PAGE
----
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I AM: I Am The Good Shepherd

I Am the Good Shepherd

John 10:11-18


The British newspaper The Telegraph ran a story about a flock of over 1,300 sheep that, and I quote, “had to be rounded up by police in the Spanish city of Huesca after their shepherd fell asleep.” The article continued:


According to city authorities, the police were alerted to the presence of the extremely large flock attempting to negotiate the streets in the center of Huesca at around 4:30am on Tuesday when a local resident dialed Spain’s 112 emergency number.


The dozing shepherd was meant to be keeping the animals in check outside the environs of the city while he waited for the clock to strike 7am, when he was due to guide the sheep northwards through Huesca towards Pyrenean uplands where his flock will graze during the hot summer months.


The police eventually found the herder, who was still peacefully slumbering. Together the embarrassed shepherd and police officers were eventually able to extract the sheep from the city and return them to their pastures.[i]


Imagine you live in that village. You get up in the middle of the night to get a drink of water or go to the bathroom and look out your window and there in your yard, and the street, and your neighbors yards, is a massive flock of sheep. Like 1,300 sheep. As someone who’s raised sheep myself, I can promise you those 1,300 sheep weren’t just standing there quietly either. They were noisy, and pooping all over the place. And trampling flowerbeds. And running around. That many sheep in that small village – it was chaos. Talk about a bad shepherd. I’m sure the sheep told him about it too – they looked at him and said “Baaaaaaaad.” I know, I know. Terrible dad joke. What can I say … I’m a dad.


This summer we’re looking at the seven “I AM” statements of Jesus recorded in the Gospel of John. Today, we turn our attention to John 10 and Jesus’ statement, “I AM the Good Shepherd.” Turn with me to John 10:11-18.


“I am the good shepherd.” When we hear the word “shepherd,” we might associate it with protection and guidance and provision and care, and obviously ALL of those traits apply. When Jesus said “I am the good shepherd,” he was saying all of that, AND so much more. And when the crowd heard Jesus say “I am the good shepherd,” they heard all of that, and so much more. You see, for them, the image of the shepherd was both a religious and a national symbol, very much like a bald eagle, or an image of a Massachusetts Minuteman ready to fight the red coats, or even the stars and stripes is for us here in America today. It goes back to the first truly great king of Israel, David, the shepherd who became king, the shepherd king.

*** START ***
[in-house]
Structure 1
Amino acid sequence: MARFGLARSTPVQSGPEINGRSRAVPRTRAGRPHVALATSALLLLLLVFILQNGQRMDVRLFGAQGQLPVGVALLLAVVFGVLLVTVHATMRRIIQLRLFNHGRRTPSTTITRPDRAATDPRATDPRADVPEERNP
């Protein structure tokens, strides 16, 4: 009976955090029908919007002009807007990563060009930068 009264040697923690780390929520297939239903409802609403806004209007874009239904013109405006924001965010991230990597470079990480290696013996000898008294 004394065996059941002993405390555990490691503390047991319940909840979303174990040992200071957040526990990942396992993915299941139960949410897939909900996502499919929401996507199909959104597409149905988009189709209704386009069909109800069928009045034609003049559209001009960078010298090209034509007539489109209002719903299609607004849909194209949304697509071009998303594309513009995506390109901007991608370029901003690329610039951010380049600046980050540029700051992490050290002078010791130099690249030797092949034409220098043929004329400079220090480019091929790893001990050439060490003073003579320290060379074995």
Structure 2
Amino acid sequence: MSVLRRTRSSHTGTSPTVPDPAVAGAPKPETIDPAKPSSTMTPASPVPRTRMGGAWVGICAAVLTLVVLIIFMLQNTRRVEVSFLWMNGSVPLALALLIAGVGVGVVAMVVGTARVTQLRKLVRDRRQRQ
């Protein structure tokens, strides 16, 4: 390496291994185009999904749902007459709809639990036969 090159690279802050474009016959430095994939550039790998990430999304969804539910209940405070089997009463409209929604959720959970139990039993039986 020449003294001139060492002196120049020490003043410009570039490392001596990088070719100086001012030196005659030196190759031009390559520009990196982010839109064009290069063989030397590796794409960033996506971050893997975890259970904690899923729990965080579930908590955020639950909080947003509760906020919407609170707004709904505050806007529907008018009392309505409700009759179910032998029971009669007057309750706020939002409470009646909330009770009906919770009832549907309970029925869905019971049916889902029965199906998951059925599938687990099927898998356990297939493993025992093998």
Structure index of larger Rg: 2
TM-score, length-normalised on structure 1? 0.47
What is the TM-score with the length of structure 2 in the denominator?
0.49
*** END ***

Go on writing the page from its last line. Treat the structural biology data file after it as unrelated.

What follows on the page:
The psalms of David, and other psalms too, are filled with references to shepherds and sheep. Psalm 100:3 says “Know that the Lord, he is God! It is he who made us, and we are his;   we are his people, and the sheep of his pasture.” Now, if we are God’s people AND the sheep of God’s pasture, what does that make God? Our shepherd, right? In the 23rd Psalm David comes right out and says it … “The LORD is my … shepherd.” The Old Testament pictures God as the shepherd of Israel, his flock.


And then in the days of the prophets, that same shepherd imagery was applied to the coming Messiah. Isaiah 40:9-11 says, “Go on up to a high mountain, O Zion, herald of good news; lift up your voice with strength, O Jerusalem, herald of good news; lift it up, fear not; say to the cities of Judah, “Behold your God!” Behold, the Lord God comes with might, and his arm rules for him; behold, his reward is with him, and his recompense before him. He will tend his flock like a shepherd; he will gather the lambs in his arms; he will carry them in his bosom, and gently lead those that are with young.”


In Ezekiel 34, God through the prophet goes on a rant against the priests and kings of Israel, the so called shepherds of the people of Israel, whom he compares to bad shepherds. And then in Vv. 11-16 God says, “For thus says the Lord God: Behold, I, I myself will search for my sheep and will seek them out. As a shepherd seeks out his flock when he is among his sheep that have been scattered, so will I seek out my sheep, and I will rescue them from all places where they have been scattered on a day of clouds and thick darkness. And I will bring them out from the peoples and gather them from the countries, and will bring them into their own land. And I will feed them on the mountains of Israel, by the ravines, and in all the inhabited places of the country. I will feed them with good pasture, and on the mountain heights of Israel shall be their grazing land. There they shall lie down in good grazing land, and on rich pasture they shall feed on the mountains of Israel. I myself will be the shepherd of my sheep, and I myself will make them lie down, declares the Lord God. I will seek the lost, and I will bring back the strayed, and I will bind up the injured, and I will strengthen the weak, and the fat and the strong I will destroy. I will feed them in justice.” Bad shepherds versus the one and only, THE Good Shepherd – God.